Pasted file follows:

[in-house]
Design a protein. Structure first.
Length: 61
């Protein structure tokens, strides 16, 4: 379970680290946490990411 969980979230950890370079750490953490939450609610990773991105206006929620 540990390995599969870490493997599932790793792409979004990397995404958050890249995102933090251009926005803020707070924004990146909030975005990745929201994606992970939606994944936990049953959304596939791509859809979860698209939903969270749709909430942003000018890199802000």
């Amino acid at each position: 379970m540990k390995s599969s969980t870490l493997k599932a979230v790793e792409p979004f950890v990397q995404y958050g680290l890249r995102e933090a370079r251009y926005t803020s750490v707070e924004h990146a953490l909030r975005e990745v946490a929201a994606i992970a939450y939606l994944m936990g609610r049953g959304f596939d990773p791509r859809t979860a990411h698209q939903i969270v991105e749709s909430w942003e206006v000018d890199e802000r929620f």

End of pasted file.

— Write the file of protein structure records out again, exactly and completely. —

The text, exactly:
[in-house]
Design a protein. Structure first.
Length: 61
């Protein structure tokens, strides 16, 4: 379970680290946490990411 969980979230950890370079750490953490939450609610990773991105206006929620 540990390995599969870490493997599932790793792409979004990397995404958050890249995102933090251009926005803020707070924004990146909030975005990745929201994606992970939606994944936990049953959304596939791509859809979860698209939903969270749709909430942003000018890199802000």
């Amino acid at each position: 379970m540990k390995s599969s969980t870490l493997k599932a979230v790793e792409p979004f950890v990397q995404y958050g680290l890249r995102e933090a370079r251009y926005t803020s750490v707070e924004h990146a953490l909030r975005e990745v946490a929201a994606i992970a939450y939606l994944m936990g609610r049953g959304f596939d990773p791509r859809t979860a990411h698209q939903i969270v991105e749709s909430w942003e206006v000018d890199e802000r929620f």